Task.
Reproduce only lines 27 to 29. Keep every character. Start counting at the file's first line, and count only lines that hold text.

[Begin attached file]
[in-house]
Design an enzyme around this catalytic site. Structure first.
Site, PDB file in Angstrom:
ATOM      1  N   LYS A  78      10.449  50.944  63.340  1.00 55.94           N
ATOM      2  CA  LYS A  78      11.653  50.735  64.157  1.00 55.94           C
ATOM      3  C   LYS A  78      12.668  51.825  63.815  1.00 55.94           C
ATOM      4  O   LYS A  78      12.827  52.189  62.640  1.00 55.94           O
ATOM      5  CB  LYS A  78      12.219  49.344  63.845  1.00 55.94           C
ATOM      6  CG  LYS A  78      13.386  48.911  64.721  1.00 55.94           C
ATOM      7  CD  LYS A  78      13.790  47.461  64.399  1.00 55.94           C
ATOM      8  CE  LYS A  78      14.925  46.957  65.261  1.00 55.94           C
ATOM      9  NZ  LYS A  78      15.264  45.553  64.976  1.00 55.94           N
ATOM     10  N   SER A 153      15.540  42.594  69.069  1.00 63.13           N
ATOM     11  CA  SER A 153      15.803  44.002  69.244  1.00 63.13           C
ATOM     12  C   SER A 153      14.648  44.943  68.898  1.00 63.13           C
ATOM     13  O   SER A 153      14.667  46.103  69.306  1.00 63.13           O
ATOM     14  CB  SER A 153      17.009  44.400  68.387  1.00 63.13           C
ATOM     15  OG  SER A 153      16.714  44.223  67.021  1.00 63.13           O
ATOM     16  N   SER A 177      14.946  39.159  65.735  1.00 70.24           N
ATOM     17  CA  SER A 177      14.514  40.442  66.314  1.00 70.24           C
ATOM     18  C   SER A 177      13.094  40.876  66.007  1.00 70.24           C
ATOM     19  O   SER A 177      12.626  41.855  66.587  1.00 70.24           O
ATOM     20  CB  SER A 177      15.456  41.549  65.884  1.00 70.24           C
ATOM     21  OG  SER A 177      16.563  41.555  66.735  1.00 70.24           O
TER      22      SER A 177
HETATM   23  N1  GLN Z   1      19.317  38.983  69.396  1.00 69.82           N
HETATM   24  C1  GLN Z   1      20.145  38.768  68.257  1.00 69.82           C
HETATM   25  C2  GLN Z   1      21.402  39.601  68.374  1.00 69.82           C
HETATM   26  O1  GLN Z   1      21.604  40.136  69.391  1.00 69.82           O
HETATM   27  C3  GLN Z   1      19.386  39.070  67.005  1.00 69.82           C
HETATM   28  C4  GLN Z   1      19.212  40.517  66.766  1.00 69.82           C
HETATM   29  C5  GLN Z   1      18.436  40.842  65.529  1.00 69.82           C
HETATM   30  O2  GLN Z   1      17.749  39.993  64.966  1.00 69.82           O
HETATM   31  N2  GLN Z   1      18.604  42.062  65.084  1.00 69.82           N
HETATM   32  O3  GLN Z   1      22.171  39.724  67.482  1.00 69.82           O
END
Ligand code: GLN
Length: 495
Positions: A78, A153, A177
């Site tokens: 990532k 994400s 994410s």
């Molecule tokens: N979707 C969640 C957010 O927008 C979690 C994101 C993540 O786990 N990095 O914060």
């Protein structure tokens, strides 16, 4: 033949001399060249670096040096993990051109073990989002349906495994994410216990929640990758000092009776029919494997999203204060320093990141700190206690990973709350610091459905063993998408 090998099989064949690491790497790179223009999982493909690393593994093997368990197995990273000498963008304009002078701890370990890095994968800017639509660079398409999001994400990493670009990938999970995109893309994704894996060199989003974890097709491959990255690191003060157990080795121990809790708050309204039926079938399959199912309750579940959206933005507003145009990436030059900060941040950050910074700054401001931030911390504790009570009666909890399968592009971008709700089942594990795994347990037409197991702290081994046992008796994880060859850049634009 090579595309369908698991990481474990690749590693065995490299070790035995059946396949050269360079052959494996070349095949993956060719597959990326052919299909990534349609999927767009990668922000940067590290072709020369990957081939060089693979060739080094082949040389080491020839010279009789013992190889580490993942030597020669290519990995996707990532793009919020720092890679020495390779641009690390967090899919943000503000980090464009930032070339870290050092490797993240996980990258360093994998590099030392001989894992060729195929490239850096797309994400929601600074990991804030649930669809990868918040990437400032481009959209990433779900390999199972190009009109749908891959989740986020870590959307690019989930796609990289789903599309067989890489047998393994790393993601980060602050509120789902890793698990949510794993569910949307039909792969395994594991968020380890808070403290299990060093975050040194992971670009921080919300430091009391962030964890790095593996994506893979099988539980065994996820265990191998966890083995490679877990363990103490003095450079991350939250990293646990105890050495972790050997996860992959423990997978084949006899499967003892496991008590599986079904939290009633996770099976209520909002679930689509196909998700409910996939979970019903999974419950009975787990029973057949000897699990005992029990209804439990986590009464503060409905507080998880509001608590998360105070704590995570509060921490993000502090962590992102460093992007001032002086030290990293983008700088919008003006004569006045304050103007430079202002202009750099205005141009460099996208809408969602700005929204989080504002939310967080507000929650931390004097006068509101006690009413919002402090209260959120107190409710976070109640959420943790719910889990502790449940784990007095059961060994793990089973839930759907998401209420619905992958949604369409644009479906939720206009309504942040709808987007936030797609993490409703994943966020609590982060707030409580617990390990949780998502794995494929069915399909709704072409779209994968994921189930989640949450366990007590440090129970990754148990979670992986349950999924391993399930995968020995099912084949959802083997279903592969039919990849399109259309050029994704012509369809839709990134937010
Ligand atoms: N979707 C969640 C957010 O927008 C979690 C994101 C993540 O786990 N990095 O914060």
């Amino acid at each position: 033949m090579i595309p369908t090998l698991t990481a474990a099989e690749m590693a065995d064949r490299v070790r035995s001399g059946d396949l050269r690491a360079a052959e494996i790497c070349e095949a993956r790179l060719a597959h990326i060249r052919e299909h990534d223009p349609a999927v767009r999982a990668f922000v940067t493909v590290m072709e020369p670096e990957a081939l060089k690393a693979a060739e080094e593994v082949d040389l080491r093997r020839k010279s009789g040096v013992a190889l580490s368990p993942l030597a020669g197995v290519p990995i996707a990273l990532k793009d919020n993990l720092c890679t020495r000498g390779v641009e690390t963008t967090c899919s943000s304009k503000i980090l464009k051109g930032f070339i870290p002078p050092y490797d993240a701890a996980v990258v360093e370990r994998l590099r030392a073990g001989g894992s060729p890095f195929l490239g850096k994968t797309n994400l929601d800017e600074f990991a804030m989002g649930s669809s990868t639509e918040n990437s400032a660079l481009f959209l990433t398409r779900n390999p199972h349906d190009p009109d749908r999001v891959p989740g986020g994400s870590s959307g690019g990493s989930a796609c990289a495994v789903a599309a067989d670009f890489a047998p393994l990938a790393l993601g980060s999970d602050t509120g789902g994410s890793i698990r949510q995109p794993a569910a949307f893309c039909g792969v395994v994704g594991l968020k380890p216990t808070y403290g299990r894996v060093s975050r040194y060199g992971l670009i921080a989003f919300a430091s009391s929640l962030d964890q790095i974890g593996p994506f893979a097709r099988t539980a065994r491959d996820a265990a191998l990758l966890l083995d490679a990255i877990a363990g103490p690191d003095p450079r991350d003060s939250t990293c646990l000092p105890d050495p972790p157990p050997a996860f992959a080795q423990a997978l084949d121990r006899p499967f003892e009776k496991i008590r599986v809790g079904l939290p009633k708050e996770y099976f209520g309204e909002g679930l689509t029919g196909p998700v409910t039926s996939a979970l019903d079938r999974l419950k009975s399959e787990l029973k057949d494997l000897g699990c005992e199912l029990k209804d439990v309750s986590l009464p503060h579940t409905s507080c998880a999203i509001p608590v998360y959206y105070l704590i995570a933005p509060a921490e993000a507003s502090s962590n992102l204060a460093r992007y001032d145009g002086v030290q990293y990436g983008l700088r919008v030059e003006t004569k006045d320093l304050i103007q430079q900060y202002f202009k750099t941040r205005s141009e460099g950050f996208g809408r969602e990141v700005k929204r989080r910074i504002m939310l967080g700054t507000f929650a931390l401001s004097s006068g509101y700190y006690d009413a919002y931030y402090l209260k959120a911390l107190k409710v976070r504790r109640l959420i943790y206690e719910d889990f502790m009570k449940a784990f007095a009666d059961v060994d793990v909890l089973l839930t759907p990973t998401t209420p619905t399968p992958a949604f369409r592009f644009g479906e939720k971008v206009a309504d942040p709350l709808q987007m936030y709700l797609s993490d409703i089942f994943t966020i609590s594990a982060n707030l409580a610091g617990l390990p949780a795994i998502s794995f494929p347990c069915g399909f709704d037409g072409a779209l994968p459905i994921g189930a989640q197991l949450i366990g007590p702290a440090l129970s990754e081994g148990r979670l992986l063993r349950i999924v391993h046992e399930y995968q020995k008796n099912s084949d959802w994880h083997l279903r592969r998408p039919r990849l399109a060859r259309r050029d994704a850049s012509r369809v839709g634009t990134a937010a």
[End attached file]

HETATM   24  C1  GLN Z   1      20.145  38.768  68.257  1.00 69.82           C
HETATM   25  C2  GLN Z   1      21.402  39.601  68.374  1.00 69.82           C
HETATM   26  O1  GLN Z   1      21.604  40.136  69.391  1.00 69.82           O